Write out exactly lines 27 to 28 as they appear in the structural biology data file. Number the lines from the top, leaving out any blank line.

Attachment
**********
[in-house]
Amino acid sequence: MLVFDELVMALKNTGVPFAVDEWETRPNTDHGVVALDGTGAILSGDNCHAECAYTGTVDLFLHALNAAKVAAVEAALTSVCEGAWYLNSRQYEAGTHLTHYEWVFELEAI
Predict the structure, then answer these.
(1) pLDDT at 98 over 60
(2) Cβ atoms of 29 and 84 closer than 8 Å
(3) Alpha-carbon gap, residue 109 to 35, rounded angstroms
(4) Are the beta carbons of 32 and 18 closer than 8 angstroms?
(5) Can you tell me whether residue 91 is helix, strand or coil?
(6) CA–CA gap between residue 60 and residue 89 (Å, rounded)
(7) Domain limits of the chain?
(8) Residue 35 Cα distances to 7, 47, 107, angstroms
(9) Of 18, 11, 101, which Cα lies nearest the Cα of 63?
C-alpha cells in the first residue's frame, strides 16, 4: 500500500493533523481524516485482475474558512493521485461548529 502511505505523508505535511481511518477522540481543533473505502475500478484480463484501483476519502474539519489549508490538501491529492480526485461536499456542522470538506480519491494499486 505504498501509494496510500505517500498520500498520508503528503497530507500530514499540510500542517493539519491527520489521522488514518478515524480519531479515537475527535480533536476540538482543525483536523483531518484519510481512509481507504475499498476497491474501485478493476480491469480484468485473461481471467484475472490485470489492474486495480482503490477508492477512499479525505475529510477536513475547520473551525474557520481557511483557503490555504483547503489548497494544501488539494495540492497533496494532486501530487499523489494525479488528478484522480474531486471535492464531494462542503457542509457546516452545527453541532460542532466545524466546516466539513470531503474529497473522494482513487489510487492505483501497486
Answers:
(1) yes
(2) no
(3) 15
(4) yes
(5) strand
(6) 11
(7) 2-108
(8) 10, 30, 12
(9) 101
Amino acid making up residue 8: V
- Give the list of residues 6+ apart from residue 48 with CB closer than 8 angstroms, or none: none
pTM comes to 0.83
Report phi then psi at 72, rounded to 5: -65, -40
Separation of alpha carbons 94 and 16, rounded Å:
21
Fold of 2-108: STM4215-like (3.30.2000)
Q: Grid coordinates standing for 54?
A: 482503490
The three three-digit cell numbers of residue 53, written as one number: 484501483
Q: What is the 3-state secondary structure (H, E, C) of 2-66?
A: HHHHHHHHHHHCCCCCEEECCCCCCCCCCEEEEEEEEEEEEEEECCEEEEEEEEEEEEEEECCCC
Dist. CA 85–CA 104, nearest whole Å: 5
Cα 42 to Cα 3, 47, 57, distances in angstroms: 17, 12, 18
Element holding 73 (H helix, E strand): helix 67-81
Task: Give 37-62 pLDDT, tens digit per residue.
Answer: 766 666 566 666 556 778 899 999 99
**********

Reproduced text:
Report phi then psi at 72, rounded to 5: -65, -40
Separation of alpha carbons 94 and 16, rounded Å: